Why? Given that the failure of a lot of companies is due directly to the attitude of the banks then surely the banks should not be immune from bankruptcy.

    If on the other hand it is thought by Govt to be wholly inappropriate for banks to go bankrupt then we should nationalise them 100%, ban bonuses and so on.

    "However, the big lesson for Lord Turner of the RBS debacle, and other banking disasters, is that there has to be a cultural revolution in banks"

    We can start by firing the current boards and putting in people that do actually understand what the role of the banks should be which is of course to support the rest of the economy.



  • Comment number 8.

    Whatever happened to fiduciary duty?

    I will explain this in simple terms so that the banking fraternity understand what I mean, namely you serve the interests of another party with no regard to your own interests. No doubt our learned friends can expand upon that, perhaps for a fee.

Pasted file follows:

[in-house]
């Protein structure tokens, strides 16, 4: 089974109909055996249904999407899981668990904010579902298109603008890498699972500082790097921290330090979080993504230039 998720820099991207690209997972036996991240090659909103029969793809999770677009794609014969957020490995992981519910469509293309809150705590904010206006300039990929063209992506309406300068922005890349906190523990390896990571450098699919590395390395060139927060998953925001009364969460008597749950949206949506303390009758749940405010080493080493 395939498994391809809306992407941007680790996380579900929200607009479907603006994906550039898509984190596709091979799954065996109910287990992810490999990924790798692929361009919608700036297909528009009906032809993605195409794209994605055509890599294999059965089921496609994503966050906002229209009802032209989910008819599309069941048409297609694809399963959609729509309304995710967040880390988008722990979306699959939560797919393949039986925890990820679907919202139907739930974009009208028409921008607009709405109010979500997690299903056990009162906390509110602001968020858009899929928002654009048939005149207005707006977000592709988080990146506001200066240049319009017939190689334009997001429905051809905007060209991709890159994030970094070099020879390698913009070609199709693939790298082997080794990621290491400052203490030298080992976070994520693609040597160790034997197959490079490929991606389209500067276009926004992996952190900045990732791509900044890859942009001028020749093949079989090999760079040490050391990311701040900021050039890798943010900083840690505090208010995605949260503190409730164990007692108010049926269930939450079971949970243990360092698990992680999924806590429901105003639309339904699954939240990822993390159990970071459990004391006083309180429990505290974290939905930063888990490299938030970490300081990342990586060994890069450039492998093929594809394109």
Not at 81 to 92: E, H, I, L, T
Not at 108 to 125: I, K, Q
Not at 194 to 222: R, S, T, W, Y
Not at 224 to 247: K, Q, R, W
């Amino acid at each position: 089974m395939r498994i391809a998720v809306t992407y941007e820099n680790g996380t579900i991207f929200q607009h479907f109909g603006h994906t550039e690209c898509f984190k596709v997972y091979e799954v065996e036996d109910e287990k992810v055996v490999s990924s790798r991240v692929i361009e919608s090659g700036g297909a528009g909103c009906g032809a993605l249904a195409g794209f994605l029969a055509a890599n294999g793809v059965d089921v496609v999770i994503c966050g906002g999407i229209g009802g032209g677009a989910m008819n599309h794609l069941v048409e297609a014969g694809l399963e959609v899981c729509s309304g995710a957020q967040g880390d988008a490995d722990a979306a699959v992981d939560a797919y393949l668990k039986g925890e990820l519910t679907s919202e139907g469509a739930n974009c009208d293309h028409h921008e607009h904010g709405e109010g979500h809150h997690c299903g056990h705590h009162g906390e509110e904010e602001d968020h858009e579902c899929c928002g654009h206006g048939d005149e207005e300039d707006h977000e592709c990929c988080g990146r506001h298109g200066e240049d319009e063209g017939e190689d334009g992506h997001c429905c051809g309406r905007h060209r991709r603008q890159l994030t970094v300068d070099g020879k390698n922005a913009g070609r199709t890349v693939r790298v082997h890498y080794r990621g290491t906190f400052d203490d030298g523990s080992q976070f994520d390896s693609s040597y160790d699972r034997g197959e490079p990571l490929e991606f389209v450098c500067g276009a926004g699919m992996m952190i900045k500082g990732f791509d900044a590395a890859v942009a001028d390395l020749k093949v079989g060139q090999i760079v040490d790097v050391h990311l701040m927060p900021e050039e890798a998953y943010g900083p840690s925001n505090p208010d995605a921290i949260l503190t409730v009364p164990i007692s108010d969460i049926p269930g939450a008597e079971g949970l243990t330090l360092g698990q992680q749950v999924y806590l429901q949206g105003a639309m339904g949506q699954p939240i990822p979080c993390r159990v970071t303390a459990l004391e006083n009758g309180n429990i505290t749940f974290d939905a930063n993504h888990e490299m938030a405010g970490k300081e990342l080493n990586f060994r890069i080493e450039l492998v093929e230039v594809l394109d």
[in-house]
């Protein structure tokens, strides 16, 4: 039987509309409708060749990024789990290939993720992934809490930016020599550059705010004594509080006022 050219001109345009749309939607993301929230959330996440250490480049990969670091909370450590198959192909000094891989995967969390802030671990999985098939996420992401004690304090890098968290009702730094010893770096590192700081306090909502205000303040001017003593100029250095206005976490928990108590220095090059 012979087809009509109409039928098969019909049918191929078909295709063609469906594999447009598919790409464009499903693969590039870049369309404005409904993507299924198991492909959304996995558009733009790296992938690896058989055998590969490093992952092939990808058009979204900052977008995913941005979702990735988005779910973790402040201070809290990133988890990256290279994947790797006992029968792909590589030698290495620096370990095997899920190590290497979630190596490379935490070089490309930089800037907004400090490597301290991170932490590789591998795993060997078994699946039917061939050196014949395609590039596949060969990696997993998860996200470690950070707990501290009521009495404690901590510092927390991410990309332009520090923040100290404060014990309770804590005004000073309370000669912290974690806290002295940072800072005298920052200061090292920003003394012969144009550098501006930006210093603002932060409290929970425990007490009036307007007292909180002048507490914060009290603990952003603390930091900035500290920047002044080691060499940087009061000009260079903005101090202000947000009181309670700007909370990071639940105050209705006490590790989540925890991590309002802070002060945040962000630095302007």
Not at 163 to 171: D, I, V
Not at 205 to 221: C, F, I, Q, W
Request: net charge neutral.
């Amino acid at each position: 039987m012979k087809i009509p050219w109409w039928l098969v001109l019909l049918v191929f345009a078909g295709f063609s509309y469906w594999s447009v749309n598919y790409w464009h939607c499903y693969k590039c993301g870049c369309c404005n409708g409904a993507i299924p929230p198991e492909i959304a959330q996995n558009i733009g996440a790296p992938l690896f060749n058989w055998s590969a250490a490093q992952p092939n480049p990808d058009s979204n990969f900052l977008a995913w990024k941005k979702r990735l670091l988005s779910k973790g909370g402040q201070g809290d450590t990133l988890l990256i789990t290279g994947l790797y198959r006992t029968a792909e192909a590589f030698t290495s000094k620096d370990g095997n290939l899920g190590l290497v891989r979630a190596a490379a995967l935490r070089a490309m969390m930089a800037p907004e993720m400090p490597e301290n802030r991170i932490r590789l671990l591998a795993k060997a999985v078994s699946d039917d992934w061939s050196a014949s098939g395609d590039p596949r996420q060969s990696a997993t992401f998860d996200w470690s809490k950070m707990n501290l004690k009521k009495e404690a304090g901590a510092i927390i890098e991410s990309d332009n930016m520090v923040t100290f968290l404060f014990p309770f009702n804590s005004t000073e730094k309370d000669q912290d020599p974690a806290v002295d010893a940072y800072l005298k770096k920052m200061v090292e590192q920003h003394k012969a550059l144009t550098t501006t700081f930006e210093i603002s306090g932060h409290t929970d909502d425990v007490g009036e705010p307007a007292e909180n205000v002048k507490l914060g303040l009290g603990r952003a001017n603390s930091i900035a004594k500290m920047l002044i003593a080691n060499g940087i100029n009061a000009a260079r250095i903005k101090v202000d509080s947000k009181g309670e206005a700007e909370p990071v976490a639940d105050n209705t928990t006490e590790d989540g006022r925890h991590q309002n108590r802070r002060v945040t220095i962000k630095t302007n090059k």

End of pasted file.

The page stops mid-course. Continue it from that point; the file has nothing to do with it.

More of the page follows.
The question in such an instance is why would a senior manager of a bank who has no doubt been subject to a rigourous selection process for the job, be motivated solely by the interests of the bank and its place within the broader economy make a catastrophically bad decision?

    The only cause for a catastrophically bad decision in such circumstances would be the pursuit of a personal pecuniary advantage also known as a bonus. This surely places said senior manager within the remit of the Theft Act.

    So it is not a case of losing two years money but rather an appearance at the Old Bailey, a term of imprisonment followed by bankruptcy proceedings. In the old days this was called `ruin'. I think it should be brought back.

  • Comment number 9.

    Scottish journalist Ian Fraser has written some great stuff on the FSA and PriceWaterhouseCoopers laughable 'investigation' into RBS. Links below.

    http://bit.ly/grxlyR
    http://bit.ly/fDSlWt

  • Comment number 10.

    5. At 10:17am on 08 Dec 2010, Jacques Cartier wrote:
    "I'll help you to see the difference. When Woolies went broke, I couldn't buy toffees. Do you get it now?"

    And the difference is what? If the banks failed, you would probably still not have been able to buy toffees. Same result isn't it ?

  • Comment number 11.

    Will Lord Turner's proposals re: claw back of pay also cover pension contributions?